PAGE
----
November Weekend

This was a packed weekend! Another group of Raiders had asked if they could come out on a Saturday so we booked this one, but I didn’t realize that the East Side Culture Crawl was also on. Alan and I like to go, and I’d missed at least the last two so we decided to see some of it on Friday evening and Al would go again for much of Saturday. We chose to go to the densest area of studios, Mergatroid Building and 1000 Parker, partly to avoid the incessant wind and rain. Our son Mike and Al’s SFU colleague Eldon joined us.

Al and Mike and graffiti behind 1000 Parker street studios.

I thoroughly enjoyed finding so many potter friends in both buildings, admiring their new work and feeling a little envious of the camaraderie of having studios near other artists. We were pleased to find half a dozen food trucks parked at 1000 Parker so supped before climbing the four floors to find the many idiosyncratic work spaces and wildly differing types of work. We stayed until they all closed at 10pm.

 

On Saturday Mina Totino, Michelle Normoyle and new Raider Kate Metten arrived here at 10.30am so there followed a full day of painting, eating and chatting. In the afternoon we were joined by Port Moody resident Hilary Hunt Letwin. She works at Burnaby Art Gallery and was interested in seeing how and where the Raiders work, and in particular Mina, with whom she has curatorial plans. It didn’t take long for Hilary to pick up a paintbrush and become absorbed with painting a plate of her own.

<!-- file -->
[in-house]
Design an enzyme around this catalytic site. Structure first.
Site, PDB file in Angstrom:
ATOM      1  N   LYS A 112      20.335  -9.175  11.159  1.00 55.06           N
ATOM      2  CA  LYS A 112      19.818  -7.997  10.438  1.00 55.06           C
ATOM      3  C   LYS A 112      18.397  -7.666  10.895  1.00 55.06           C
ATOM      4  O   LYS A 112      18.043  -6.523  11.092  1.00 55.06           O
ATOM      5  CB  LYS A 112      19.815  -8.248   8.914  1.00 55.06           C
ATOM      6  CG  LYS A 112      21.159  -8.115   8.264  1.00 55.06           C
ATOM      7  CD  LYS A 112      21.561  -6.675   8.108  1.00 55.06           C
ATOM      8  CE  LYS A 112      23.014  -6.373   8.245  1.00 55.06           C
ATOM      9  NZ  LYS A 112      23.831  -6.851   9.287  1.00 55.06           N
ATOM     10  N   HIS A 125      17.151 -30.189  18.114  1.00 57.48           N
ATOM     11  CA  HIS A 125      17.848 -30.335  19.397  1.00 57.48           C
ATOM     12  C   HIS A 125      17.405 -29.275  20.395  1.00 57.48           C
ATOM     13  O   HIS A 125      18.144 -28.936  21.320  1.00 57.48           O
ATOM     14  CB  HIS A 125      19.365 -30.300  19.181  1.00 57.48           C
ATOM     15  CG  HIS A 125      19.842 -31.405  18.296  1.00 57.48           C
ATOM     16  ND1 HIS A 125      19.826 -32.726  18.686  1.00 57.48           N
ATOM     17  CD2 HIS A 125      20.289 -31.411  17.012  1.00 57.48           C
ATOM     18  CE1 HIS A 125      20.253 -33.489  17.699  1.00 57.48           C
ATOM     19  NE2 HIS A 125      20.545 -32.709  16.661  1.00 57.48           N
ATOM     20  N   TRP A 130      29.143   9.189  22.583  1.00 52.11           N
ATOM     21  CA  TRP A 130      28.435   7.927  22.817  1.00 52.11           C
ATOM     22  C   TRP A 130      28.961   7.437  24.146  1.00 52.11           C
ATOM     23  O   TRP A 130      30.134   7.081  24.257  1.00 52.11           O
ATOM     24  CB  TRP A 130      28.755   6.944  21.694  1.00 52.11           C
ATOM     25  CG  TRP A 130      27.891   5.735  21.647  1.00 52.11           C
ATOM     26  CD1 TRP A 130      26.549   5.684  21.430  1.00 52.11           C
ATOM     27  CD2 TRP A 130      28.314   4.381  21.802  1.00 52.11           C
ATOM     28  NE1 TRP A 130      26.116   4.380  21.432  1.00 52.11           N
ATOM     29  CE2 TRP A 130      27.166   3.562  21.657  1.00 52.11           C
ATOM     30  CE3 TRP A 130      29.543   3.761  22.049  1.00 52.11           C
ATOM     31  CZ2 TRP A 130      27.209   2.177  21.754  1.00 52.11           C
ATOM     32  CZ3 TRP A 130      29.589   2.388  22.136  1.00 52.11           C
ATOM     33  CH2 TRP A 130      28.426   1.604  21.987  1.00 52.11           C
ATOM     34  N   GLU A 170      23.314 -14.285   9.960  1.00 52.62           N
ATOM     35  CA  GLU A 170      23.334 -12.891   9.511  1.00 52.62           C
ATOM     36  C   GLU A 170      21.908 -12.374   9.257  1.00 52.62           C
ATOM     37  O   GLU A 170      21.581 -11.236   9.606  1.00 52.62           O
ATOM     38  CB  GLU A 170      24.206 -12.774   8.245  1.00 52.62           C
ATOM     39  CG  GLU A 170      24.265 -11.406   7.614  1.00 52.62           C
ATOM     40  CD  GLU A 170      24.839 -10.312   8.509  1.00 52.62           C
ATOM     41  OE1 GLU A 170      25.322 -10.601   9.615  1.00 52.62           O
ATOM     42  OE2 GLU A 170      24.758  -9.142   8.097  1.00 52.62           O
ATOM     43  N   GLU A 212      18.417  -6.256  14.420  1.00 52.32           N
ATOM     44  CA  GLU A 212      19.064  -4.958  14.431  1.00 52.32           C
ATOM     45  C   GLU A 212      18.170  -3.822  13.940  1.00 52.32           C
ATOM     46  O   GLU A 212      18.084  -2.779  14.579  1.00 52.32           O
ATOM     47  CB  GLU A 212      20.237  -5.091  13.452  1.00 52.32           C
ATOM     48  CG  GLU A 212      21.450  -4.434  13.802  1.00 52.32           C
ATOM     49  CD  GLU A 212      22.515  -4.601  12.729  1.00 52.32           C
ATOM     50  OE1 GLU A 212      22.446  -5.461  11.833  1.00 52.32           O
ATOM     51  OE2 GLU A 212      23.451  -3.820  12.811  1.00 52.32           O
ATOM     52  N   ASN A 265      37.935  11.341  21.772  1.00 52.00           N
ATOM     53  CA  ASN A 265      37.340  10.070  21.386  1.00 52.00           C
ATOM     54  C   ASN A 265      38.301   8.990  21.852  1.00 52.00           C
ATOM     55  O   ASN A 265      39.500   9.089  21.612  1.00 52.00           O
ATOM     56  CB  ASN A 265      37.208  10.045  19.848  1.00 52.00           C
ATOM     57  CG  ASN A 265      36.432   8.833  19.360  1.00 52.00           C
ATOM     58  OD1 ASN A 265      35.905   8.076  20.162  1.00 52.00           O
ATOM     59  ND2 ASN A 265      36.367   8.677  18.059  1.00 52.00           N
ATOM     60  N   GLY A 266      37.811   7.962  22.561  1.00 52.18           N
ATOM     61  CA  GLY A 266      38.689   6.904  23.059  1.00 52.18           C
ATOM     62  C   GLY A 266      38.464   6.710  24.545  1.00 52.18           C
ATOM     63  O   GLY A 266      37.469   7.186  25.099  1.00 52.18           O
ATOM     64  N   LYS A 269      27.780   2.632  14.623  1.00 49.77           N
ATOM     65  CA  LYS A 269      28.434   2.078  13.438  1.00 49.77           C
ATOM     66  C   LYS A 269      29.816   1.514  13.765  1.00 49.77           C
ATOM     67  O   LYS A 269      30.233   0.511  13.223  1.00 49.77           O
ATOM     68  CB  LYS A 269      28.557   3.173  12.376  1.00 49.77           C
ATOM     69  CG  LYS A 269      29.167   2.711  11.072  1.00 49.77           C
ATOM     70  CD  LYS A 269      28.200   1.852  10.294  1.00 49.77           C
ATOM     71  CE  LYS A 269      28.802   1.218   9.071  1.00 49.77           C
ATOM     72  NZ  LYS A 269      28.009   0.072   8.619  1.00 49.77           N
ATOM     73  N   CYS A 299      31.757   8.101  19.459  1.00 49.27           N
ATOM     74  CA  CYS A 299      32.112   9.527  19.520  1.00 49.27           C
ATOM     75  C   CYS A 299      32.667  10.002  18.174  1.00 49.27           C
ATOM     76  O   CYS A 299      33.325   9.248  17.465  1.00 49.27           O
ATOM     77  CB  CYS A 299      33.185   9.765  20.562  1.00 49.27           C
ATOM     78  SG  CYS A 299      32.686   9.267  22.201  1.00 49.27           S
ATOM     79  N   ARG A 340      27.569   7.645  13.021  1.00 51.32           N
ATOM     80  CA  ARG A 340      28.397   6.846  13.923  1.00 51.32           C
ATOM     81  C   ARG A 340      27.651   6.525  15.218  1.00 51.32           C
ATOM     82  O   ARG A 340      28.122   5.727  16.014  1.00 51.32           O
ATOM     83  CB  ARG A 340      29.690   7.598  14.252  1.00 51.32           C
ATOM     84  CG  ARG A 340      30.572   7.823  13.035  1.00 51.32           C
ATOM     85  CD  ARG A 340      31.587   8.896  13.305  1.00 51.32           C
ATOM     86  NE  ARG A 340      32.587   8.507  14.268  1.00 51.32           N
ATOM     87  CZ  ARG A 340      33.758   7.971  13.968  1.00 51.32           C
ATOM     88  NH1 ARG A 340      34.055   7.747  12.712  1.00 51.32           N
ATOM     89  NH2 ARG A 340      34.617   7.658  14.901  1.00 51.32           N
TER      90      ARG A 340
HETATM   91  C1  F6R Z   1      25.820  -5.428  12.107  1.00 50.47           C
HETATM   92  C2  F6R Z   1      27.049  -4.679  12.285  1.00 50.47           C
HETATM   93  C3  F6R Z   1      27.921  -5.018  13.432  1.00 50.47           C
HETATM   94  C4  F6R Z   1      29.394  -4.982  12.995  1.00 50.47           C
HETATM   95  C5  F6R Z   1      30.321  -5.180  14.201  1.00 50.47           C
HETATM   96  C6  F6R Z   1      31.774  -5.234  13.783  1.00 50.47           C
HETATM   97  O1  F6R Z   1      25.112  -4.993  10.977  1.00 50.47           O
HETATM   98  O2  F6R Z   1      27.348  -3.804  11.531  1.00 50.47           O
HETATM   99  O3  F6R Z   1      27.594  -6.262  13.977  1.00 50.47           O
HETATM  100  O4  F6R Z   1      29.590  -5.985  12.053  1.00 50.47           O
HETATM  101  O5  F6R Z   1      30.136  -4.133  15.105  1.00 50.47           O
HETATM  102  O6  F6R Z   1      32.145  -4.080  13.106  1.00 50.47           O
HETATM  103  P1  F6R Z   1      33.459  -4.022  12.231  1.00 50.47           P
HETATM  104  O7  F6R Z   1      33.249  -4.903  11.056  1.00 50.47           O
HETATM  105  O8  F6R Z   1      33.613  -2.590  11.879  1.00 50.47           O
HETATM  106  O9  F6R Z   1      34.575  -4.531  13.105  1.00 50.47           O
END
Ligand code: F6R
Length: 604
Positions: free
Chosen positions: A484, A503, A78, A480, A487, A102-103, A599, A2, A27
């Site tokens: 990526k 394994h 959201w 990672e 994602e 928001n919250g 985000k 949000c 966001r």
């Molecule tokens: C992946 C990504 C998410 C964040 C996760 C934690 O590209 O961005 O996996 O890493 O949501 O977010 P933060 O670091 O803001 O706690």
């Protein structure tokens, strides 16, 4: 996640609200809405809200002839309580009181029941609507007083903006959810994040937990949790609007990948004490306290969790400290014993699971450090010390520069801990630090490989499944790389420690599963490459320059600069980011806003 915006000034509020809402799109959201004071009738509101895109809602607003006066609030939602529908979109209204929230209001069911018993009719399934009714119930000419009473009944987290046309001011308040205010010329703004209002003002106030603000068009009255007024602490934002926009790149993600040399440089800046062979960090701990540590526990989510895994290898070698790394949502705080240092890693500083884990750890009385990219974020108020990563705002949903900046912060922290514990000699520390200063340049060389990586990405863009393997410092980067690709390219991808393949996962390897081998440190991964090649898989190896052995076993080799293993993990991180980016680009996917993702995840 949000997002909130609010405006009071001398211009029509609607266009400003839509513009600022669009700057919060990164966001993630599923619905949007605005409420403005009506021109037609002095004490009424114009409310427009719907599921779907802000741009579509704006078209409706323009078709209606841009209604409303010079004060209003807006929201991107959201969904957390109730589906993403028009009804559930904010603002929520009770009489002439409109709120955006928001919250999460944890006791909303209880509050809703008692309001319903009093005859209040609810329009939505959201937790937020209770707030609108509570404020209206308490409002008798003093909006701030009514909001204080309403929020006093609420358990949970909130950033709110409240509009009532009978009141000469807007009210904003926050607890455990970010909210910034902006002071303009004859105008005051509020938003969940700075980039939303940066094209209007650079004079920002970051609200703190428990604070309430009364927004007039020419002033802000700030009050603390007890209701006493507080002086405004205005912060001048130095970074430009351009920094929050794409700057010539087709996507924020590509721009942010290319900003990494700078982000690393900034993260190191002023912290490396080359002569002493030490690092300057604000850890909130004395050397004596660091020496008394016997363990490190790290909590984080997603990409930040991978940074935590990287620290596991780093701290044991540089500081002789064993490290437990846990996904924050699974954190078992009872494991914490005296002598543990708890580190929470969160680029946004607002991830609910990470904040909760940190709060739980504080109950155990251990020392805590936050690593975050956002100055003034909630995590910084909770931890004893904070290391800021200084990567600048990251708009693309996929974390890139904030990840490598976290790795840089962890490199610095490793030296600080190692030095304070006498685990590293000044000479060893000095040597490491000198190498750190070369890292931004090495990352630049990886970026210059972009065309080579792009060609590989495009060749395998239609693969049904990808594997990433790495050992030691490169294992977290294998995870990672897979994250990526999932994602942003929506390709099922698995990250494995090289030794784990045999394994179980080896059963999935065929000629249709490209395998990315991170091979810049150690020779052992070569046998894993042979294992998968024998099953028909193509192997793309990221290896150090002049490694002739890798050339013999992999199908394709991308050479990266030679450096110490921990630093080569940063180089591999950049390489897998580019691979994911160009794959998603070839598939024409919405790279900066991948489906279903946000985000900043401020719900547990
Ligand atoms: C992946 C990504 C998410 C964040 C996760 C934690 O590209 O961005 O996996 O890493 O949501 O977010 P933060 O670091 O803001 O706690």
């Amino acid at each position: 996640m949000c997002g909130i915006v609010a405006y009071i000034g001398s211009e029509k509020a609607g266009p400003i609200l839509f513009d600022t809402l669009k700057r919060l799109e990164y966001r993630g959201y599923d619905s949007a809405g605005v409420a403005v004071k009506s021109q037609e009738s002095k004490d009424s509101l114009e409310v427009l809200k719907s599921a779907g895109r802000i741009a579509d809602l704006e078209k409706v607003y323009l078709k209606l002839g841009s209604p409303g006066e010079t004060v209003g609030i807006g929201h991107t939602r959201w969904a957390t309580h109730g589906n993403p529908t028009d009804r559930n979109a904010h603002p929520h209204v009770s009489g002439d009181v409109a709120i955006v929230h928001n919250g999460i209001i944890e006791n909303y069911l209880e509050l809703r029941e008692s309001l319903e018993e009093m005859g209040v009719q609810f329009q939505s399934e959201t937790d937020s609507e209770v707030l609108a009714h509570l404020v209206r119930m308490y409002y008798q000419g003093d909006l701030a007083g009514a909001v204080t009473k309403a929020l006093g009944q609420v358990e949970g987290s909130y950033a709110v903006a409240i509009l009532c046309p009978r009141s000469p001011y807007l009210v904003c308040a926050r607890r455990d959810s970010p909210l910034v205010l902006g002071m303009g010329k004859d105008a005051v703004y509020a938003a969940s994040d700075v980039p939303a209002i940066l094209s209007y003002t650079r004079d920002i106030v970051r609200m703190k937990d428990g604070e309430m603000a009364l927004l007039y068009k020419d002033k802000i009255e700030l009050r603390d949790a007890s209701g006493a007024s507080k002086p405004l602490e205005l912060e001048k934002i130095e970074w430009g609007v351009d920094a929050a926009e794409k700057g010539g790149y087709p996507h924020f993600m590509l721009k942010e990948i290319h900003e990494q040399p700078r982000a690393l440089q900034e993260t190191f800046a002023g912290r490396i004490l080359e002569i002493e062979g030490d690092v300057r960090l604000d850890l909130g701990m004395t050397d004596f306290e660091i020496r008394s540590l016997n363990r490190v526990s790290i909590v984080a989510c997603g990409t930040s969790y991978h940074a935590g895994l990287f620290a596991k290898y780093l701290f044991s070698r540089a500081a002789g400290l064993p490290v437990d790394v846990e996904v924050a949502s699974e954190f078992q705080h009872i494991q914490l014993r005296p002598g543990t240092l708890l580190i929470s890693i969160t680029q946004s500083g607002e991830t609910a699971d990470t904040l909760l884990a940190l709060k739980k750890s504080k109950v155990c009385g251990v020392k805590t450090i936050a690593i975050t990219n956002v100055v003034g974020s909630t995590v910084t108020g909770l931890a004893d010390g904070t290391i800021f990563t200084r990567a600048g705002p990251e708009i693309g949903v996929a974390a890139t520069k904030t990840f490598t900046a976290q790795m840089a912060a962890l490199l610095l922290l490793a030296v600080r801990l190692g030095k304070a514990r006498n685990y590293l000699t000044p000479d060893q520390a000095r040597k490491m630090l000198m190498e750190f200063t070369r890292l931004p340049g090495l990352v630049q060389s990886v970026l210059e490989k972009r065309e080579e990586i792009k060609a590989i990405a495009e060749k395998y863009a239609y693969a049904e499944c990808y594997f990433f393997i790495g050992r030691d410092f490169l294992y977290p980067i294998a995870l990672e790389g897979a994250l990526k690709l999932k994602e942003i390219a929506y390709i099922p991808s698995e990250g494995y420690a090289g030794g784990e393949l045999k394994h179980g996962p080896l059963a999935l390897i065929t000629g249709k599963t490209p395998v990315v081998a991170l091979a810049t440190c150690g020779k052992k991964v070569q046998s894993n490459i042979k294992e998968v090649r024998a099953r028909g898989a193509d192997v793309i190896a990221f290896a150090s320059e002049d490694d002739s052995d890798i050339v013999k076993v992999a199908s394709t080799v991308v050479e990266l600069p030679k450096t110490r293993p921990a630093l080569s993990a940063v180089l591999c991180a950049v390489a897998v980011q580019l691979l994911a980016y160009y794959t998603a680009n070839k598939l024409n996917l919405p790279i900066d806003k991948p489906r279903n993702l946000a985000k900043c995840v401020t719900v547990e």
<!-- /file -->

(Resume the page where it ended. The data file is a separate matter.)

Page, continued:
Mina painted a large round platter that she’d asked for earlier, then chose a boat-shaped dish and a largish platter. It turns out she’s becoming rather interested in all things clay, especially after devouring Edmund de Waal’s ‘Pots’ book. So much so that she has purchased a pottery wheel from Kate (a painter and potter) and has her over weekly for pottery lessons. Kate teaches a pottery class at the Roundhouse and shares a studio with well-known Vancouver potter Gailan Ngan. But she was interested in the underglaze painting that Raiders do so for this day she chose several different, smaller plates and tried various painting techniques on them. I am interested, as always, to see how they turn out.

Michelle had previously brought out some Italian, bisque-fired white manufactured pieces from her workplace window display. I agreed to risk having them painted with underglazes, bisqued them again and then clear-glazed them. They had all turned out just fine so on this day she brought out some more and, oh my, she painted them all, plus several of my platters.

 

 

 

Meanwhile I worked on painting some yunomis and jugbirds.

 

They were still here when Al returned from ‘crawling’ and I’m astonished at how much work was completed!

Then yesterday, Sunday, Al and I went back in to Vancouver – this time through huge puddles and drenching rain all the way out to UBC for an opening at the Museum of Anthropology. ‘Fabric of Our Land: Salish Weaving’ is a fine new exhibition of mainly contemporary Coast Salish weavings being shown alongside wonderful robes and rugs that were collected from this area in the 1800s. Pieces have been brought in from museums in Finland, Scotland, Oxford and the US. They have been the inspiration for the revival of this ancient local tradition in recent years. The show’s opening featured a formal welcome by the Musqueam weavers, a proud explanation of the importance of bringing this collection together, thanks with gifts for being witnesses to the occasion and a light lunch.

So today, on the only day rain is not forecast, I have taken all the painted work, from pre-my-England-trip Culture Days, last week’s Raid, this week’s and a very few of my pots down to my kiln shed. The kiln is loaded, warming the pots slowly all day and this evening is clunking along for a bisque firing. I didn’t get everything in, so now my job is to finish painting my remaining pieces while the kiln cools tomorrow, mix up some more clear glaze G1916G, and plan on more firings right away.

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